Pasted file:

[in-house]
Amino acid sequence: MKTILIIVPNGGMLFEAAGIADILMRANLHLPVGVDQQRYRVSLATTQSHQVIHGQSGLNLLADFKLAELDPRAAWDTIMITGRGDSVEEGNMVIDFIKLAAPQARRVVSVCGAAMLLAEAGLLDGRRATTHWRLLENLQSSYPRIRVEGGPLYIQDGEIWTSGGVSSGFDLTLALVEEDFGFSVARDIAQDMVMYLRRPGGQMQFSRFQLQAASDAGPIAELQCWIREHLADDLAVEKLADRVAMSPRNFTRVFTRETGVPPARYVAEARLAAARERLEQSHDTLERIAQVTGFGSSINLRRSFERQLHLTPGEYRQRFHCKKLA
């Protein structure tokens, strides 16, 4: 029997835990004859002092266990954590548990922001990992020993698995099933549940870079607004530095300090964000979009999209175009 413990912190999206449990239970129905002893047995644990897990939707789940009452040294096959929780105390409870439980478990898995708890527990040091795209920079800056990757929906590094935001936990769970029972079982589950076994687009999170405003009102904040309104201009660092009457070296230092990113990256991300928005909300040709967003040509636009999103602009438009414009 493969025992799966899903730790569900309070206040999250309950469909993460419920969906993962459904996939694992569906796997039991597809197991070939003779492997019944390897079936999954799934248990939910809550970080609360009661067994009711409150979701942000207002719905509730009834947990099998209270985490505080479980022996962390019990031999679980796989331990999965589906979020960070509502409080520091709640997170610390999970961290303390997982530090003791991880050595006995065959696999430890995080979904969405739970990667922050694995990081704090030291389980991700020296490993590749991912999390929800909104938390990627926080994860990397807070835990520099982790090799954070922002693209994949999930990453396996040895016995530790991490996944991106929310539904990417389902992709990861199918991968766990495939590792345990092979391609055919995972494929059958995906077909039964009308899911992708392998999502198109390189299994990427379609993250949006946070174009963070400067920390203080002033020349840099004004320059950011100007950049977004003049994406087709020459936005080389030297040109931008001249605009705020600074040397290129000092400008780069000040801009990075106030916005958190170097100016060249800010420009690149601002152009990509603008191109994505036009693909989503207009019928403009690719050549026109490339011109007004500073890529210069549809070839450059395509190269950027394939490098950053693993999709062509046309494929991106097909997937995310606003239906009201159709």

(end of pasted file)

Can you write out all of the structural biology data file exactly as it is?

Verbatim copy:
[in-house]
Amino acid sequence: MKTILIIVPNGGMLFEAAGIADILMRANLHLPVGVDQQRYRVSLATTQSHQVIHGQSGLNLLADFKLAELDPRAAWDTIMITGRGDSVEEGNMVIDFIKLAAPQARRVVSVCGAAMLLAEAGLLDGRRATTHWRLLENLQSSYPRIRVEGGPLYIQDGEIWTSGGVSSGFDLTLALVEEDFGFSVARDIAQDMVMYLRRPGGQMQFSRFQLQAASDAGPIAELQCWIREHLADDLAVEKLADRVAMSPRNFTRVFTRETGVPPARYVAEARLAAARERLEQSHDTLERIAQVTGFGSSINLRRSFERQLHLTPGEYRQRFHCKKLA
């Protein structure tokens, strides 16, 4: 029997835990004859002092266990954590548990922001990992020993698995099933549940870079607004530095300090964000979009999209175009 413990912190999206449990239970129905002893047995644990897990939707789940009452040294096959929780105390409870439980478990898995708890527990040091795209920079800056990757929906590094935001936990769970029972079982589950076994687009999170405003009102904040309104201009660092009457070296230092990113990256991300928005909300040709967003040509636009999103602009438009414009 493969025992799966899903730790569900309070206040999250309950469909993460419920969906993962459904996939694992569906796997039991597809197991070939003779492997019944390897079936999954799934248990939910809550970080609360009661067994009711409150979701942000207002719905509730009834947990099998209270985490505080479980022996962390019990031999679980796989331990999965589906979020960070509502409080520091709640997170610390999970961290303390997982530090003791991880050595006995065959696999430890995080979904969405739970990667922050694995990081704090030291389980991700020296490993590749991912999390929800909104938390990627926080994860990397807070835990520099982790090799954070922002693209994949999930990453396996040895016995530790991490996944991106929310539904990417389902992709990861199918991968766990495939590792345990092979391609055919995972494929059958995906077909039964009308899911992708392998999502198109390189299994990427379609993250949006946070174009963070400067920390203080002033020349840099004004320059950011100007950049977004003049994406087709020459936005080389030297040109931008001249605009705020600074040397290129000092400008780069000040801009990075106030916005958190170097100016060249800010420009690149601002152009990509603008191109994505036009693909989503207009019928403009690719050549026109490339011109007004500073890529210069549809070839450059395509190269950027394939490098950053693993999709062509046309494929991106097909997937995310606003239906009201159709």